5. You might only get one chance to add them on social media and get their phone number!
The other night, my floor had a meeting so we can all socialize and get to know one another and I met some really cool people, except I forgot to ask them if they had Facebook accounts so we could connect with each other. And I couldn’t find them on Facebook myself because I didn’t even know their last names. Oops. If you speak to someone and they seem cool and you guys get along, don’t forget to ask for their social media or even ask for their number. Asking for someone’s number isn’t as terrifying as it seems (if you remember to do it, unlike me!!!). When I was a freshman I was always surprised by how quick the people I met were to ask for my number. It showed me that there’s no harm in wanting to text someone one day to grab lunch or to go to an event. This also made me more likely to ask someone else for their number because you may not miraculously run into them again.
7. Actually message them to go grab some food or hang out.
After you get their number, don’t forget to actually use it, especially if the two of you really hit it off! One day I decided to take a Zumba class at the rec center on campus and I met a cool girl there. We exchanged numbers and the following week I messaged her to see if she was planning to go to Zumba again, and lucky for me it was a yes. From then on we met up and walked to the rec center together and we’ve been doing that for three semesters! Sometimes all it takes is that one text to start a real friendship. Even if you aren’t usually the kind of person to reach out to ask someone you just met to hang out, give it a try and see where it goes. I have already learned from experience that it’s rare to have incredible experiences if you keep staying in your comfort zone; besides, college is a lot about trying new things!
8. The first few months of school are the least awkward time to meet new people.
I say this because during the first maybe two or three months, everyone wants to get to know everyone; people don’t really have their “groups” formed yet; and people are generally the most friendly at this time when the course load hasn’t yet spurred the urgency to stop hanging out with people and start getting down to business (ah, what a rush that is). I’m not saying that it’s *ABSOLUTELY FORBIDDEN* to try to make friends after the first three months of school, or worse yet, if you do try to make friends afterward *ABSOLUTELY NO ONE WILL TALK TO YOU*, but you might feel a little awkward trying to meet new people then. I know I definitely felt like it was ‘too late’ for me to meet new people and I wasn’t really motivated to try, which can really hold you back from, you know, trying. This is definitely going to sound cheesy, but it’s never ‘too late’ to try anything! The only thing holding you back is yourself.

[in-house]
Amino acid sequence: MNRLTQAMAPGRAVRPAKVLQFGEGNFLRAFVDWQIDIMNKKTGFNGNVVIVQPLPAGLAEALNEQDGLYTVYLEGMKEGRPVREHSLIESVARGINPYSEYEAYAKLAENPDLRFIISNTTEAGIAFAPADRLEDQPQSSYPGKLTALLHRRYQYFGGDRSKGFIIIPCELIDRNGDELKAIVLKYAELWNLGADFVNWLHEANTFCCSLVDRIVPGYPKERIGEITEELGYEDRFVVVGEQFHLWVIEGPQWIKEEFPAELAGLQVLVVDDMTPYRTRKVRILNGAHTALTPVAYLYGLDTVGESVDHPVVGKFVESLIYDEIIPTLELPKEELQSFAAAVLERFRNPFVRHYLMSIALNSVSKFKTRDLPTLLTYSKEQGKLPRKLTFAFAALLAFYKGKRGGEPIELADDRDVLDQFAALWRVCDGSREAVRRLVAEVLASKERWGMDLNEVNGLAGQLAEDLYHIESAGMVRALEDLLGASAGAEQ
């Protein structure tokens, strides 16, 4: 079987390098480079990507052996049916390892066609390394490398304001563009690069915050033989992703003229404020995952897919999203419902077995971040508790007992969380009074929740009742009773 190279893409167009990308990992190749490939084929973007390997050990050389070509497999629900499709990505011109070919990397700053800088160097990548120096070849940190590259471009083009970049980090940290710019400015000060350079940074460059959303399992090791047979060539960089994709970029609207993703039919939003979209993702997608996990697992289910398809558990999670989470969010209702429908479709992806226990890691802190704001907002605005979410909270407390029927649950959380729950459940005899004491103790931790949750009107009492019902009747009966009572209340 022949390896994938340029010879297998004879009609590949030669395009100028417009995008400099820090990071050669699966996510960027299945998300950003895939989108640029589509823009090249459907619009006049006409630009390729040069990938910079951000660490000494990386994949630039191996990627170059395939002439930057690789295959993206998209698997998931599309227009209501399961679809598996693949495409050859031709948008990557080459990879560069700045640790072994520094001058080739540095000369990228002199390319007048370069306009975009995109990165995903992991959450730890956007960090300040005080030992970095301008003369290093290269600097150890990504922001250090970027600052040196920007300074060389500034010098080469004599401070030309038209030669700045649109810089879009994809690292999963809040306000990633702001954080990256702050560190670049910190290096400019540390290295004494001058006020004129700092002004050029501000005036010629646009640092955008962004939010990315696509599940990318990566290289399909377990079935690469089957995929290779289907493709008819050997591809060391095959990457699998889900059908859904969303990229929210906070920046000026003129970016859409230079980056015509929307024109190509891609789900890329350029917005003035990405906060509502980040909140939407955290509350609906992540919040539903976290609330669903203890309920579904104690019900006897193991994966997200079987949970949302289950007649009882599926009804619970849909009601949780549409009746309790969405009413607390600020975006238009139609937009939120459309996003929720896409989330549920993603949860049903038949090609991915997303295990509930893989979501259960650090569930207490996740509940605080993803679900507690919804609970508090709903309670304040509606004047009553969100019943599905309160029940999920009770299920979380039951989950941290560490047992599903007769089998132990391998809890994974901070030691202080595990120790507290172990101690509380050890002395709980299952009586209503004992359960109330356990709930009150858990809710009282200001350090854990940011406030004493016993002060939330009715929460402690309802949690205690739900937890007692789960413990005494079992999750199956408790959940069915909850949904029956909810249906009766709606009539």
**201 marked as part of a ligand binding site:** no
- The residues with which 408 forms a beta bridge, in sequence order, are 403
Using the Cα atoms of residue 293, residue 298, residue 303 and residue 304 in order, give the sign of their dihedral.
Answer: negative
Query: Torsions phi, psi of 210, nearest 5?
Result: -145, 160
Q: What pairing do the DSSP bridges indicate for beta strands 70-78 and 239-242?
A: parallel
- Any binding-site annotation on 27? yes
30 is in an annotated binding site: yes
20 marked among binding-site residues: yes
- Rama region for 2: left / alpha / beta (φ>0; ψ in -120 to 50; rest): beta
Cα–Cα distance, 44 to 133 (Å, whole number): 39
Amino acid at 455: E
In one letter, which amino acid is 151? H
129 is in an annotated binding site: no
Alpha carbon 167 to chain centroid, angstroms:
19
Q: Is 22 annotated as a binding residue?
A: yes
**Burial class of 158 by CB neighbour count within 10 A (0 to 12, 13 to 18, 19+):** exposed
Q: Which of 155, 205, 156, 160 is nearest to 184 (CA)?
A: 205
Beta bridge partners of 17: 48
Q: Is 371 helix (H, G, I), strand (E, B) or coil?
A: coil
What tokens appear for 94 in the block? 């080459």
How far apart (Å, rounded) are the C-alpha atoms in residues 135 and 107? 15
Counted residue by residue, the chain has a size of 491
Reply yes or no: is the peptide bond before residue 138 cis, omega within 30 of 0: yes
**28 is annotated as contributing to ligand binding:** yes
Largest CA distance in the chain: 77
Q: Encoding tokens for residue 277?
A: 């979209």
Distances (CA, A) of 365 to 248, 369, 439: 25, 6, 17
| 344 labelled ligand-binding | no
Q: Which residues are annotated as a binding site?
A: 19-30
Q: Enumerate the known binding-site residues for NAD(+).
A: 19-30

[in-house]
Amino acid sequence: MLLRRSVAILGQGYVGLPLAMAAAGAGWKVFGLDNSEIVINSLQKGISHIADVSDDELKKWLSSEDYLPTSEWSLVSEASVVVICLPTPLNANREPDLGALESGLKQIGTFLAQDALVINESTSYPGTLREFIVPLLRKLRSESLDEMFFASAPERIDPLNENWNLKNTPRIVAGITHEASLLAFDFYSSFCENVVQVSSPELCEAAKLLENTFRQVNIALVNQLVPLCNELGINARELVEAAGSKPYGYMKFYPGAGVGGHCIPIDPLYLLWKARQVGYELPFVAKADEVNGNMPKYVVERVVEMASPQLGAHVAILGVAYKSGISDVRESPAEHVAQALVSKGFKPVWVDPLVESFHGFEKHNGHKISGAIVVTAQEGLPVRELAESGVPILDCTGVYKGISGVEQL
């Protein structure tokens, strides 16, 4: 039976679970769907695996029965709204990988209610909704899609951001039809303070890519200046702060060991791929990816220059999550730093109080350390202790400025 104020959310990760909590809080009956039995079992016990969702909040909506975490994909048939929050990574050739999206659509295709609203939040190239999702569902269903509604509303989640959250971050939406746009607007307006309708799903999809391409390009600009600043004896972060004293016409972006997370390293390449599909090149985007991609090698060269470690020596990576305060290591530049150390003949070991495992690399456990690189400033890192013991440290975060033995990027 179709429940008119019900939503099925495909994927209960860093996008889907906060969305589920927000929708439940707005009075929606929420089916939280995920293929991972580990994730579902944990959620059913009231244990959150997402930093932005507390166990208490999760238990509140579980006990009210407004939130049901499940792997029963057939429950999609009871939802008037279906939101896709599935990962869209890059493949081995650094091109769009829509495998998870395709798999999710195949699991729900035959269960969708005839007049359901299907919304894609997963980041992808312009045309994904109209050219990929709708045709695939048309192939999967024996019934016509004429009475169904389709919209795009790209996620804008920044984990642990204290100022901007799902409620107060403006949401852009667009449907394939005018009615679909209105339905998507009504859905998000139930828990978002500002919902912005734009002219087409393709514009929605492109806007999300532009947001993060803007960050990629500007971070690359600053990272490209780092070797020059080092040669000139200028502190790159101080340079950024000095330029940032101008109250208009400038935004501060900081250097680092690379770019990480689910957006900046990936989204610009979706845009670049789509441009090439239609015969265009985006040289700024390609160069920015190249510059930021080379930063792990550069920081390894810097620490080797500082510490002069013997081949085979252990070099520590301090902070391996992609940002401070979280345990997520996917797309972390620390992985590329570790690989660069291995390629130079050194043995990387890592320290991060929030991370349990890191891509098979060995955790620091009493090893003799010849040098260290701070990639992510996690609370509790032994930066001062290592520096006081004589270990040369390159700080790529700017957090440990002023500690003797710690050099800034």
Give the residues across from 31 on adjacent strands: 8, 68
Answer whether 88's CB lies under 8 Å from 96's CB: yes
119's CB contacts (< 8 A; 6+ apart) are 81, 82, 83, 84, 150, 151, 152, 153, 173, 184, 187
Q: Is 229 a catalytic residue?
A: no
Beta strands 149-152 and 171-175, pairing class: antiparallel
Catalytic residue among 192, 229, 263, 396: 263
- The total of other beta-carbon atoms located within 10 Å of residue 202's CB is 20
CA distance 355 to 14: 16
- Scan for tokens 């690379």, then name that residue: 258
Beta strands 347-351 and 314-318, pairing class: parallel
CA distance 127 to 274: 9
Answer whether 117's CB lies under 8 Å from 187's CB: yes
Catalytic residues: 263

9. Make a good first impression by just being yourself!
Don’t act like someone you aren’t just to fit in; it simply isn’t you and you owe it to yourself to make friends who love the real you, not someone they want you to be. Sometimes I’m weird, like really, really weird; I tend to babble on and on, my eyes tear up when I start talking about something I’m really passionate about, and I can laugh nonstop like a hyena when I find something really funny. But, hey, that’s just me. I usually have those moments where I meet someone new and I just let my whole self out and then realize that there’s a chance they’re thinking that I’m really weird, but it’s okay; if they welcome my weirdness it means they genuinely like the person that I am. Plus, some people can just tell that you have a great character, so don’t hide that!
10. Don’t be afraid of cutting off people who aren’t genuine friends.
I certainly don’t go to college for drama so if I smell it brewing or if I think the person I’m talking to is two-faced or just not genuine, I stop talking to them because I don’t need to hang with that crowd. You owe it to yourself to stay committed to your personal values, so don’t feel like you have to stay friends with someone if you don’t like their attitude. Making the right friends is just as important as making friends!
What are your tips for making new friends in college?